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Harbison Agricultural College

Harbison Agricultural College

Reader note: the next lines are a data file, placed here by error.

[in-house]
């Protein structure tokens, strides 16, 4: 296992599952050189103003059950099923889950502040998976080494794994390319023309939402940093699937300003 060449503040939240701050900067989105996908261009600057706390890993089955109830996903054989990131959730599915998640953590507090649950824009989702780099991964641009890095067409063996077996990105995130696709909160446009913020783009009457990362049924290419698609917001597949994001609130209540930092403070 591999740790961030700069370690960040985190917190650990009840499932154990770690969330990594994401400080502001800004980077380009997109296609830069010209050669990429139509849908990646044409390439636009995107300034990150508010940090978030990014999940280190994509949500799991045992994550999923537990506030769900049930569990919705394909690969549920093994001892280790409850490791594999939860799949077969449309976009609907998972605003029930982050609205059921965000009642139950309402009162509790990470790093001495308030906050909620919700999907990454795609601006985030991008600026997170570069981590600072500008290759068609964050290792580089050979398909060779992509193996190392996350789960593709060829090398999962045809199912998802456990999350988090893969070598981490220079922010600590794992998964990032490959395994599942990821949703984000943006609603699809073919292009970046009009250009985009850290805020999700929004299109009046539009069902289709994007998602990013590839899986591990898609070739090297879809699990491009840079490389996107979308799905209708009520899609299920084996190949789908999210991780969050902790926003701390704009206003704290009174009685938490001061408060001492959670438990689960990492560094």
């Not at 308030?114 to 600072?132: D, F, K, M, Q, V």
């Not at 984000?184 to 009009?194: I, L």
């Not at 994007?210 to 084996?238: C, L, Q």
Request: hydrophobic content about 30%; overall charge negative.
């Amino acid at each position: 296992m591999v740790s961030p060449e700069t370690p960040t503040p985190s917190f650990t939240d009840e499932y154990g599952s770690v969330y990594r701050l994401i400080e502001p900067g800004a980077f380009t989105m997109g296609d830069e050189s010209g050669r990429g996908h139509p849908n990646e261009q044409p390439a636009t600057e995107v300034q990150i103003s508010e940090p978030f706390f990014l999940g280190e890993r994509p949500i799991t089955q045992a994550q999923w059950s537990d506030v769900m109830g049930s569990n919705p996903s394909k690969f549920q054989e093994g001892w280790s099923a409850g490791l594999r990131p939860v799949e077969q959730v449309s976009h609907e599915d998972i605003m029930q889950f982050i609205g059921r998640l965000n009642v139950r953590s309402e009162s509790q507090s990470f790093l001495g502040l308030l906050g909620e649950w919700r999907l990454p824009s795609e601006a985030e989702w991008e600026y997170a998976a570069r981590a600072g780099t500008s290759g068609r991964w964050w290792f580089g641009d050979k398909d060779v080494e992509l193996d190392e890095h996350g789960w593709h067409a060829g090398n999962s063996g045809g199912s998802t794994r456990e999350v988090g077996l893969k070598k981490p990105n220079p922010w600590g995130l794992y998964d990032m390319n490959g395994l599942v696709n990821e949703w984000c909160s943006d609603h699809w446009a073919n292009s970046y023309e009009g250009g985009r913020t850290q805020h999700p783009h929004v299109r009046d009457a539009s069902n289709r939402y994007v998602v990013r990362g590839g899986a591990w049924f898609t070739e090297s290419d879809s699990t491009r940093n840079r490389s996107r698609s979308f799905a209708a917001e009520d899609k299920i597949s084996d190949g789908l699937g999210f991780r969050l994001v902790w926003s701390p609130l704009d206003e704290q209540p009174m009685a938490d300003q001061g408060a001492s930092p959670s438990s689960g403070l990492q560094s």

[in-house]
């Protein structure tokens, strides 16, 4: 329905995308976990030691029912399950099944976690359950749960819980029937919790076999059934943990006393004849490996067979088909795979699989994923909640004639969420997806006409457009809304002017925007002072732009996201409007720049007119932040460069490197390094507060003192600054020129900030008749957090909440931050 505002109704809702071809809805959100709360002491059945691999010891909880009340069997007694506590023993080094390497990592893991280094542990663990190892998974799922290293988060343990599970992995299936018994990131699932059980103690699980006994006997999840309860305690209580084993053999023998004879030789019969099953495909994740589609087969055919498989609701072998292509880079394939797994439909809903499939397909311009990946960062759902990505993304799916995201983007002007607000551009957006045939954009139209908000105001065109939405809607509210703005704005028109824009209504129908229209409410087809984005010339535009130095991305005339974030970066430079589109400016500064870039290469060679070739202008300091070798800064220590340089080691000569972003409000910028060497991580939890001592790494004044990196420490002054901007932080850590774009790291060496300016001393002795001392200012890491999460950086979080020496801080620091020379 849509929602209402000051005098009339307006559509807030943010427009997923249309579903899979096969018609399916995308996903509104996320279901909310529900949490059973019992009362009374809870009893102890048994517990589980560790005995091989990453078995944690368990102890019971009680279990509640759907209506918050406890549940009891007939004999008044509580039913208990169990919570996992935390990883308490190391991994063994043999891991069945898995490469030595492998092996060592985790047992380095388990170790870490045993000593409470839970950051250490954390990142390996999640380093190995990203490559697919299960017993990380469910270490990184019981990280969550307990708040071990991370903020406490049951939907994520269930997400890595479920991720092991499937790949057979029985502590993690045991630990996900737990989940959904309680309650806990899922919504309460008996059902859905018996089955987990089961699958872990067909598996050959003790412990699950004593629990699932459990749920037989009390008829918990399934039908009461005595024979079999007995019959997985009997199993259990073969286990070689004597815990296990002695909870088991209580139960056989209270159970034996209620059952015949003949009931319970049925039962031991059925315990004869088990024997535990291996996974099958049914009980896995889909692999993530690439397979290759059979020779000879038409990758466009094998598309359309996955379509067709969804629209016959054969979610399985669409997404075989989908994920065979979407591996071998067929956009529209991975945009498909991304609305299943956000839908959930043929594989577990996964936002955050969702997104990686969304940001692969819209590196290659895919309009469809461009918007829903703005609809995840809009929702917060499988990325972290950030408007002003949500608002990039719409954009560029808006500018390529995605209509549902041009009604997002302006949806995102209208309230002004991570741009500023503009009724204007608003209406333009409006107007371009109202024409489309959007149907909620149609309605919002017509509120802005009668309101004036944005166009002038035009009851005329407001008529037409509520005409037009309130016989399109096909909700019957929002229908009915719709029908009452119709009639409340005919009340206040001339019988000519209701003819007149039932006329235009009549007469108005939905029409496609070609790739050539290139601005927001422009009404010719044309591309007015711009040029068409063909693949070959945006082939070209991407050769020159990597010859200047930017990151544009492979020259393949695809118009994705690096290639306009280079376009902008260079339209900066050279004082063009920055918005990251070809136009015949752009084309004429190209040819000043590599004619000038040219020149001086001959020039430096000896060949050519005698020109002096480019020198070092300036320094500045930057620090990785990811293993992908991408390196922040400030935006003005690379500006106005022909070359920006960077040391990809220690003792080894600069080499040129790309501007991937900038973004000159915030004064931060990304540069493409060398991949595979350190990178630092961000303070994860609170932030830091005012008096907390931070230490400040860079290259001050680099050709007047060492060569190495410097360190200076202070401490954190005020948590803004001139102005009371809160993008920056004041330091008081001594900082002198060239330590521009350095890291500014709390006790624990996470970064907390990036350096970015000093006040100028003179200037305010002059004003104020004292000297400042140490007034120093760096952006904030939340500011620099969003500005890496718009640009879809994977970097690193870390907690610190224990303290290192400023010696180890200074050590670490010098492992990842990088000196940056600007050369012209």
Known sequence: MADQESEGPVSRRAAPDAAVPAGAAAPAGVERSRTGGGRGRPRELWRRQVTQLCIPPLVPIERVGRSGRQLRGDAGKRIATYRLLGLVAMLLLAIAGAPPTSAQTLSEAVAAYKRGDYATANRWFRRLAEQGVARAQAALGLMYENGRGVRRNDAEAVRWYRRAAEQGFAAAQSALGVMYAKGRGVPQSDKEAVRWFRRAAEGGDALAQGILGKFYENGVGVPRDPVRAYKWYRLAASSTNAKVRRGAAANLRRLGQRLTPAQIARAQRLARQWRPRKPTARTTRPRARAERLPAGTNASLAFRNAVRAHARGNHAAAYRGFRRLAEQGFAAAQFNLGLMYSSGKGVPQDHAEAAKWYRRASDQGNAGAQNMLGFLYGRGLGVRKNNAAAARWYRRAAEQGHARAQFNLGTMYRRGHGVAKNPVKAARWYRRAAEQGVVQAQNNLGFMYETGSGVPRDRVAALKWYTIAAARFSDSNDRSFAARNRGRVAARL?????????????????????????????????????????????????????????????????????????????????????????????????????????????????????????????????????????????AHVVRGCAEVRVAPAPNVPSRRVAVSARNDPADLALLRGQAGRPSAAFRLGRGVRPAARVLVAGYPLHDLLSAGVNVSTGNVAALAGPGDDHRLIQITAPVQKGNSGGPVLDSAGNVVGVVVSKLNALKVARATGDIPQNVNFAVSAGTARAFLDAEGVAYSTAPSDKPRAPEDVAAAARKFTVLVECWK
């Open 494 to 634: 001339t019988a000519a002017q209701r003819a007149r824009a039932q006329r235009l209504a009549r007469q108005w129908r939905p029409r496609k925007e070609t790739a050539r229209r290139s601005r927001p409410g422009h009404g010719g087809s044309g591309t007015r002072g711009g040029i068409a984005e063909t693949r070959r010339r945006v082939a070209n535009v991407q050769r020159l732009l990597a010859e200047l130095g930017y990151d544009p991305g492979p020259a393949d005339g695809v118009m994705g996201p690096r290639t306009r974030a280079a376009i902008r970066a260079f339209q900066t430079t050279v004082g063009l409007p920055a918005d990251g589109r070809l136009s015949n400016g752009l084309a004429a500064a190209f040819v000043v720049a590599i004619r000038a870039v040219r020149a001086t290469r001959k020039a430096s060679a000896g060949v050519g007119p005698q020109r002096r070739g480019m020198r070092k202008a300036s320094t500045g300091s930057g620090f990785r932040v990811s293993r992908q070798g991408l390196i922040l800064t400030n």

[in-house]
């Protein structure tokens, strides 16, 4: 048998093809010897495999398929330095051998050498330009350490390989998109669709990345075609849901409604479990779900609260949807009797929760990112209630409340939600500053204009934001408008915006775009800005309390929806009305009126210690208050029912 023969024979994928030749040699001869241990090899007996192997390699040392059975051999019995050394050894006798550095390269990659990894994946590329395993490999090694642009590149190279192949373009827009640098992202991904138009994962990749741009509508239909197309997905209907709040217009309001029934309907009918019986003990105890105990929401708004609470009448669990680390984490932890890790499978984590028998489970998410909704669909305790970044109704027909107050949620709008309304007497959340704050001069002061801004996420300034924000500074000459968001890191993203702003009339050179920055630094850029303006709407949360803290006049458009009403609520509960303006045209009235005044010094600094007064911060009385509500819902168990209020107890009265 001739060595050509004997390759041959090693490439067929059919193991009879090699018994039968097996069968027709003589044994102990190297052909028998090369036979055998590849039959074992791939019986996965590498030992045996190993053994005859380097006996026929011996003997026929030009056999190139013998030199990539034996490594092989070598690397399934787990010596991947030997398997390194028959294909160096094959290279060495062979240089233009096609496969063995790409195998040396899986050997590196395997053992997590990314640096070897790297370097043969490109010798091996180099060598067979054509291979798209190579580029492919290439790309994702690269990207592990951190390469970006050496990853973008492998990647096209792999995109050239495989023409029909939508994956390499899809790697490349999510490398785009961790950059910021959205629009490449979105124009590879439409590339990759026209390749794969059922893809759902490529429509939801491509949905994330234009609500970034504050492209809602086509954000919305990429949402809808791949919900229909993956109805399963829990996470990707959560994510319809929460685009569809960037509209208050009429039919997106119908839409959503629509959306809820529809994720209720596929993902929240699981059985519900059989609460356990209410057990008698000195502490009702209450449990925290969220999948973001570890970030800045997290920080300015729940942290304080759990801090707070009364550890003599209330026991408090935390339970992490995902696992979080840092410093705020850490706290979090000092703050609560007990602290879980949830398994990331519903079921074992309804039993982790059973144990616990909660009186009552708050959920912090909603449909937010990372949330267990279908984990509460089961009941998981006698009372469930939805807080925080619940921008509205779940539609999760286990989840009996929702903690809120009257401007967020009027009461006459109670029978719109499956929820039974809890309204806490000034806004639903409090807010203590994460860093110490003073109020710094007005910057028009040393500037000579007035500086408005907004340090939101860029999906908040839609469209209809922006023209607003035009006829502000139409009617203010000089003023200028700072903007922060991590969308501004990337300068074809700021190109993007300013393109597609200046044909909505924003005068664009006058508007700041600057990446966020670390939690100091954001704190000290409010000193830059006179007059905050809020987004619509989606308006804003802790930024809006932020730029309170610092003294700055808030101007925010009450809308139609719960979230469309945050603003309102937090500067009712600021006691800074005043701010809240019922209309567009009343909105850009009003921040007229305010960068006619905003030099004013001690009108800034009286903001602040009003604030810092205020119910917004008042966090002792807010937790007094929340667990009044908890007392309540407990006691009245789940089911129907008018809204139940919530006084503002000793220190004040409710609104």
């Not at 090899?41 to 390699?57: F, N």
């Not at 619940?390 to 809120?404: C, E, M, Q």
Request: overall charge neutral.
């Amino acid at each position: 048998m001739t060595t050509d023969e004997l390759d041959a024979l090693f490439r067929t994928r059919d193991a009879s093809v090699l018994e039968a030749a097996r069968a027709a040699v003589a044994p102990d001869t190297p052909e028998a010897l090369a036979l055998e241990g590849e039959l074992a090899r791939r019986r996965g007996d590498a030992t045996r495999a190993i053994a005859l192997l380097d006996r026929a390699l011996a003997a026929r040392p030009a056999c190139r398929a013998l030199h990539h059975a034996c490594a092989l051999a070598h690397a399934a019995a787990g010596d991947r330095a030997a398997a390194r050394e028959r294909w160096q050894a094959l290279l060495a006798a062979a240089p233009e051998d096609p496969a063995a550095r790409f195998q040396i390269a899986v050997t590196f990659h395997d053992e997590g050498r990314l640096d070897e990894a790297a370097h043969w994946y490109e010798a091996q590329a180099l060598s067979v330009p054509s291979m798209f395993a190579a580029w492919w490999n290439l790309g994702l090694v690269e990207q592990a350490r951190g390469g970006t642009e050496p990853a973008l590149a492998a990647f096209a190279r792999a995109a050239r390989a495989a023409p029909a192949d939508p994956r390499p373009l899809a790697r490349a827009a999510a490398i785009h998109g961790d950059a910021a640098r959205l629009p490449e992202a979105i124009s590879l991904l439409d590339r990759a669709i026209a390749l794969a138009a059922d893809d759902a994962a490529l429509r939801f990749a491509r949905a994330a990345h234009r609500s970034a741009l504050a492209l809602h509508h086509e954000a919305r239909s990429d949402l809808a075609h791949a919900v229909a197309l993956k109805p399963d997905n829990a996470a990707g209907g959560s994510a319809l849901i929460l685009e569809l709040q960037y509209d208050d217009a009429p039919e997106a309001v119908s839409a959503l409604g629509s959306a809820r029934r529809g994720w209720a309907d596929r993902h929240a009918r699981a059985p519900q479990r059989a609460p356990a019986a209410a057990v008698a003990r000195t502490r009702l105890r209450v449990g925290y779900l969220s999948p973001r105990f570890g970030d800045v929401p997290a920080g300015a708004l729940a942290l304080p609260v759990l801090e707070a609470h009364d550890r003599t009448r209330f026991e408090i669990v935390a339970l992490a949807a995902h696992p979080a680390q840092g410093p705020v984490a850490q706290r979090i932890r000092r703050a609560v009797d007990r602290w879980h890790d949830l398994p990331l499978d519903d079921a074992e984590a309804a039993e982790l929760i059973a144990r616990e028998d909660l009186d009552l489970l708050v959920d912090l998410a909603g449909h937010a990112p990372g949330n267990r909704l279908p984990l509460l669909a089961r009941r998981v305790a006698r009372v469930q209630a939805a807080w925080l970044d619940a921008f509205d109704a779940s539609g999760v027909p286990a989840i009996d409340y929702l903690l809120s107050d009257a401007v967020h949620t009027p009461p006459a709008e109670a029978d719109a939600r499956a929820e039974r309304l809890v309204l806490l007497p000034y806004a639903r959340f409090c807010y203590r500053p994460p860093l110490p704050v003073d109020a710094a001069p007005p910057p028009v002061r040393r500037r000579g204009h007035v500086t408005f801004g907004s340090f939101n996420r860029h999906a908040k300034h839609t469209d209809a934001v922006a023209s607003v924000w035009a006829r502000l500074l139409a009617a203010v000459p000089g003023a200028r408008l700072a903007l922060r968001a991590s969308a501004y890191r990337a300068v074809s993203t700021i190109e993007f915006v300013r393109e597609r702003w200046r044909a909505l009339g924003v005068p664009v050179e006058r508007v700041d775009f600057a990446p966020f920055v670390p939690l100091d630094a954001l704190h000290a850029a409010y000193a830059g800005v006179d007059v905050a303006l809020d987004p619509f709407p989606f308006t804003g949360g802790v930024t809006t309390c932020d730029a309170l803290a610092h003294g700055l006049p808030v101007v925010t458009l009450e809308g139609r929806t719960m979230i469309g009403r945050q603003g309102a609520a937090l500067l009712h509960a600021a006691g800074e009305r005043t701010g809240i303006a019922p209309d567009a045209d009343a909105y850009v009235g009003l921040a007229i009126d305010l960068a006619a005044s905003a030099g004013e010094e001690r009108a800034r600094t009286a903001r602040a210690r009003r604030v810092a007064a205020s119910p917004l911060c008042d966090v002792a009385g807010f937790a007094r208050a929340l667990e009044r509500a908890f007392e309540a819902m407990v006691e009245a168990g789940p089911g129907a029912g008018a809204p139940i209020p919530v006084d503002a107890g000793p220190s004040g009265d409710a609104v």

Harbison Agricultural College began in 1885 when the Rev. Emory W. Williams of Washington, D.C. founded a school to educate young African Americans in Abbeville, S.C. It was named Ferguson Academy in honor of one of its benefactors, Rev. James H. Ferguson of the Presbyterian Church in Hanover, N.J. The Academy drew the attention of the Board of Missions for Freedmen of the United Presbyterian Church, an organization whose purpose was to “equip and maintain training schools and to train leaders most efficiently for the Negro community.” The Board assumed the debt and acquired legal title to the Academy in 1891 after one of the buildings burned before it could be completed. Rev. Williams left his position as president of the Academy in 1893, and in his place, the Board appointed Rev. Thomas A. Amos. When the school building was deemed unsafe in 1899, Samuel Harbison of Pennsylvania and a Board member, donated 20 acres of land outside of town. The school relocated to the expanded 87 acres in 1901 and was renamed Harbison College in his honor. Among the donors to the new school were Henry Phipps of Abbeville who donated money for a boys dormitory, the Women’s Missionary Societies of New Jersey who furnished the dormitory, and Mrs. Ira Condit who donated 500 books for the library. Mr. Harbison continued his financial support by purchasing an additional 200 acres of land for the college in 1903 and financed the building of Harbison Hall which would serve as the chapel and classroom building.

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